He was never known for displays of emotion, either on the football field or on the bench. But former Minnesota Viking and state Supreme Court Justice Alan Page held back tears as he took the mic in front of an auditorium of Minneapolis middle school students and staff Friday.
"Welcome to Justice Page Middle School," Page told the crowd.
The school on 50th and Nicollet long known as Ramsey was renamed Justice Page Middle School following a student-led campaign last year.
Seventh-grader Lillian Richman said learning about the school's former namesake pushed her to get involved in renaming it. Alexander Ramsey was the first territorial governor of Minnesota. He negotiated cession of Dakota land for white settlement and infamously called for Native people to be driven from the state during the U.S.-Dakota War.
"We started learning about him and I'm like, 'This guy's not a very great guy. Why do we have our school named after him?'" Richman said.
On Friday, Richman beamed as students and staff milled around wearing neon-colored paper bowties they'd made in honor of Page's signature accessory.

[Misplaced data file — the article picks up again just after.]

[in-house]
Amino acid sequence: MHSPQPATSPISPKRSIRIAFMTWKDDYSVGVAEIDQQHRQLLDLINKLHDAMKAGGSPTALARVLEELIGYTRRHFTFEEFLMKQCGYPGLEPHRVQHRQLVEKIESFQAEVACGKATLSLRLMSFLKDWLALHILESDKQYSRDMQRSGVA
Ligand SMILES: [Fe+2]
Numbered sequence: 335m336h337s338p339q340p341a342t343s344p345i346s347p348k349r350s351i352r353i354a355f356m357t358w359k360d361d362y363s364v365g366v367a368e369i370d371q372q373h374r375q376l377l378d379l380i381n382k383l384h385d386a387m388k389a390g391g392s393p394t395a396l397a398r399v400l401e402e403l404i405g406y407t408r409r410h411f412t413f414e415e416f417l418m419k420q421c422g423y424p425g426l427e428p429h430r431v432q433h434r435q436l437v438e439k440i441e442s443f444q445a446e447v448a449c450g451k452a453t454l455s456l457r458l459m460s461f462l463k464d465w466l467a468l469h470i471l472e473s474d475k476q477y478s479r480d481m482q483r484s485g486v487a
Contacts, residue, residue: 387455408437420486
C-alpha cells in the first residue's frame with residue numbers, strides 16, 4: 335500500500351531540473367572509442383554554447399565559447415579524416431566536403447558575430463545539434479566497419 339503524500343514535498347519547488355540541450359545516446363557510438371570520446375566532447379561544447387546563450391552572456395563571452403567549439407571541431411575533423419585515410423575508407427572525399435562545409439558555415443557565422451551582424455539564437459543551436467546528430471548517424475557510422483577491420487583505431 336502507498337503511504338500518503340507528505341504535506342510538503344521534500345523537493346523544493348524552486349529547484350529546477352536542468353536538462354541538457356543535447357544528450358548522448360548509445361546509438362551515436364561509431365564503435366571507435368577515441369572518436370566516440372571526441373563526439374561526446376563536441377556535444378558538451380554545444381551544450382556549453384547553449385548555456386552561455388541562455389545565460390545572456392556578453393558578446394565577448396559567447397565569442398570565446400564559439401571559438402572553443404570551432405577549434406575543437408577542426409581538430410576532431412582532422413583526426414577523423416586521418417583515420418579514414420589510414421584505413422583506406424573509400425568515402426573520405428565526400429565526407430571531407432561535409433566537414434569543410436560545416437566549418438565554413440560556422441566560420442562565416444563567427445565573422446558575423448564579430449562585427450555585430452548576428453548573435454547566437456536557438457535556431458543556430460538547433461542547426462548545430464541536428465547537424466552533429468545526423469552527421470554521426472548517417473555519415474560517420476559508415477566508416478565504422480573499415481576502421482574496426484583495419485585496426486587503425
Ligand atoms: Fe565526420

"I feel like a state-changer. Not a world-changer quite yet, but a state-changer," Richman said.
"The values that brought you to change the name of this school are the values that I believe in. They are values that I think are critical to our ongoing democracy," Page told the students.
Page said his middle school years shaped his career as a pro football player and Minnesota's first African-American supreme court justice.
He told the students they "bent the arc of the moral compass towards justice" with the renaming.
Page retired from the bench two years ago at the mandatory retirement age of 70. He still runs a scholarship organization with his wife Diane that gives grants to college students of color.
Seventh grader Sophia Dipaola called Page a leader with integrity. "That's why I follow him as a leader. Because I want to be as smart, and I want to become a leader when I grow up."
Dipaola said she hopes to go to MIT and become a NASA engineer. For now, she's proud to welcome other students to her newly-renamed school.
"At Justice Page Middle School we welcome everybody into our school. Whether you lived in a different city, or you just came here for the first time, or you're new, you're always welcome here, Dipaola said.